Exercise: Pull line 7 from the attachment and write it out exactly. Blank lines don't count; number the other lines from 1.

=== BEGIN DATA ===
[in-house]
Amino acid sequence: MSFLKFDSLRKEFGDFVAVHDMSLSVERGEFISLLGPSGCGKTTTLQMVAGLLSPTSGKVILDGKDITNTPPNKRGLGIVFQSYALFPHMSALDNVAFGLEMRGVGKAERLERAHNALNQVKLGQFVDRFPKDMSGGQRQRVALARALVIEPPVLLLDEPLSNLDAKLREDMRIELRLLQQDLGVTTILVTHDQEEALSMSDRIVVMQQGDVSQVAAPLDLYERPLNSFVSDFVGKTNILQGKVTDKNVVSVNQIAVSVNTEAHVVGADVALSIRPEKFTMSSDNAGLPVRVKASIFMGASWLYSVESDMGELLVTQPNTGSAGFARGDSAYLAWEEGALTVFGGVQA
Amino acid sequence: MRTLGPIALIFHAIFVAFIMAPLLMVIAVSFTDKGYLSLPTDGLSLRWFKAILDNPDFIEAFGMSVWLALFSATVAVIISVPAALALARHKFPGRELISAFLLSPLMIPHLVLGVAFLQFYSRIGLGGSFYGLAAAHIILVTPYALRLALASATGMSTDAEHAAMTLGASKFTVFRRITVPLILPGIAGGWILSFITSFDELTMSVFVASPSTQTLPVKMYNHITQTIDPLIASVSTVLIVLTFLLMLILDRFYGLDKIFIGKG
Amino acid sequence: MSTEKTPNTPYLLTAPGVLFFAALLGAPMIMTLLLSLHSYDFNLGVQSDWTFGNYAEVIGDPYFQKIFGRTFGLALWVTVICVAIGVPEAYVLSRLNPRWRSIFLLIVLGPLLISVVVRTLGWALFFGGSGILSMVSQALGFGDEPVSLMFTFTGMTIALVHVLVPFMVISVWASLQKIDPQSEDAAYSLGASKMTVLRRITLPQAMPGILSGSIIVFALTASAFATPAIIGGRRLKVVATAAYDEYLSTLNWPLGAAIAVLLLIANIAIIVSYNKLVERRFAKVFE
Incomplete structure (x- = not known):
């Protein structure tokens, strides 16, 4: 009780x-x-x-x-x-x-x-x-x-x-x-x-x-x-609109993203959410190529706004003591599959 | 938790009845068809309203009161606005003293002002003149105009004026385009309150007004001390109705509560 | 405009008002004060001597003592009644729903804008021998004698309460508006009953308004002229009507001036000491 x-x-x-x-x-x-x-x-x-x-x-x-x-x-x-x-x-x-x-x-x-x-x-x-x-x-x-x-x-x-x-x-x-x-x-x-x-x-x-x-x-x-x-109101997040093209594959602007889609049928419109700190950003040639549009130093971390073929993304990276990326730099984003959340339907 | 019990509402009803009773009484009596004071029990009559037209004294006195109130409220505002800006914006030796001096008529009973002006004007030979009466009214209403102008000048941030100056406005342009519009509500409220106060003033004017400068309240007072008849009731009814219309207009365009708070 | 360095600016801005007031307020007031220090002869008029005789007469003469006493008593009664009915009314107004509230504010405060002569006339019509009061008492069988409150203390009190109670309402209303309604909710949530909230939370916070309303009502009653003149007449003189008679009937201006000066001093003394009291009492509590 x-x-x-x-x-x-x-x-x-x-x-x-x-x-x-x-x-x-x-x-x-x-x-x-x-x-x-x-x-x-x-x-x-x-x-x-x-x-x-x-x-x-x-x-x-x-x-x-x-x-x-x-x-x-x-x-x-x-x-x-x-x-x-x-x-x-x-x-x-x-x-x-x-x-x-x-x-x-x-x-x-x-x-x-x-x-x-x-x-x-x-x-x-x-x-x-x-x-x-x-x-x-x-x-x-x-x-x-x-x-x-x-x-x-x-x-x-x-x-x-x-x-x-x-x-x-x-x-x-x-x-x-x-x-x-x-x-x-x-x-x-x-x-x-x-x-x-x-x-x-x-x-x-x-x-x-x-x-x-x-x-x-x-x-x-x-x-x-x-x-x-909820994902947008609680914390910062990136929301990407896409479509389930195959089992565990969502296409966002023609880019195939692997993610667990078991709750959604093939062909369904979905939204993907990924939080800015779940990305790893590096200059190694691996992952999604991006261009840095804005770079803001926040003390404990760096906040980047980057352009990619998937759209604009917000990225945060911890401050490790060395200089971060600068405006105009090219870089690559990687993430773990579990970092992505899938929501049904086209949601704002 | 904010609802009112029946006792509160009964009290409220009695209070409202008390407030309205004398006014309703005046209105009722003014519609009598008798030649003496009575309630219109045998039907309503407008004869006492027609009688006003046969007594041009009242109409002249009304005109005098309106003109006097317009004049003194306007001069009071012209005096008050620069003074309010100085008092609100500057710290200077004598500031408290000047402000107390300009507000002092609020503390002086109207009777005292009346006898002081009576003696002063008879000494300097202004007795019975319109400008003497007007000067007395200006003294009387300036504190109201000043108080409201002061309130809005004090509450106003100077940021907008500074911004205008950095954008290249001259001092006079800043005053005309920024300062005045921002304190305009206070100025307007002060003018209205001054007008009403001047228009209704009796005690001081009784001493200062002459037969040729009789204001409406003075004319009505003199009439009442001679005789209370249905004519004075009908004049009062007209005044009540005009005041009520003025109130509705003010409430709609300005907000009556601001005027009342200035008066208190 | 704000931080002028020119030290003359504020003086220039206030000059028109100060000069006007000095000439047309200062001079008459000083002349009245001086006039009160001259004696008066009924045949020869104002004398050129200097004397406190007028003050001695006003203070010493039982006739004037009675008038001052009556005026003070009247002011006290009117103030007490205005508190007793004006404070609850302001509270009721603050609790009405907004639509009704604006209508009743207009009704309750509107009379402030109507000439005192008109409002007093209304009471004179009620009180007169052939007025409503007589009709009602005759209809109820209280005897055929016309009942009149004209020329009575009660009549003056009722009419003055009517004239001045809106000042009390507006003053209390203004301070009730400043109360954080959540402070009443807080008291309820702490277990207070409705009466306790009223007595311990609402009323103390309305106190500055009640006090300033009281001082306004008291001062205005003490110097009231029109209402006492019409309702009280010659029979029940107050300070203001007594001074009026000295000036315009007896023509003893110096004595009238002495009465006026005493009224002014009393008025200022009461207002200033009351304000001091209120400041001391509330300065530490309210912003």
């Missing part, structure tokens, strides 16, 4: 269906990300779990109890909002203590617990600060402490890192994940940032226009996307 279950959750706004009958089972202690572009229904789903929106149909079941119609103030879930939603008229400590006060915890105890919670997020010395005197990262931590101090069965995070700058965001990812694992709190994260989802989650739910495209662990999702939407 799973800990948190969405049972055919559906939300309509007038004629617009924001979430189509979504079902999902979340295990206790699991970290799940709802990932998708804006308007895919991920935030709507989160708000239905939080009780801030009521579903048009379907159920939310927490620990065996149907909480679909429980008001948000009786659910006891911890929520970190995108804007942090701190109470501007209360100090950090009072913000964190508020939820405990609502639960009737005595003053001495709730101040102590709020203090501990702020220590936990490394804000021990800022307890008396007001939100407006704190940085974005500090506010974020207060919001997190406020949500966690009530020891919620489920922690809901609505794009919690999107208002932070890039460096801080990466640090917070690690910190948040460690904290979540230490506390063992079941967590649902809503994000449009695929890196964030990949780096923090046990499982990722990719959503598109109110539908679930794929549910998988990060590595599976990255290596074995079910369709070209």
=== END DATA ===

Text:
């Missing part, structure tokens, strides 16, 4: 269906990300779990109890909002203590617990600060402490890192994940940032226009996307 279950959750706004009958089972202690572009229904789903929106149909079941119609103030879930939603008229400590006060915890105890919670997020010395005197990262931590101090069965995070700058965001990812694992709190994260989802989650739910495209662990999702939407 799973800990948190969405049972055919559906939300309509007038004629617009924001979430189509979504079902999902979340295990206790699991970290799940709802990932998708804006308007895919991920935030709507989160708000239905939080009780801030009521579903048009379907159920939310927490620990065996149907909480679909429980008001948000009786659910006891911890929520970190995108804007942090701190109470501007209360100090950090009072913000964190508020939820405990609502639960009737005595003053001495709730101040102590709020203090501990702020220590936990490394804000021990800022307890008396007001939100407006704190940085974005500090506010974020207060919001997190406020949500966690009530020891919620489920922690809901609505794009919690999107208002932070890039460096801080990466640090917070690690910190948040460690904290979540230490506390063992079941967590649902809503994000449009695929890196964030990949780096923090046990499982990722990719959503598109109110539908679930794929549910998988990060590595599976990255290596074995079910369709070209």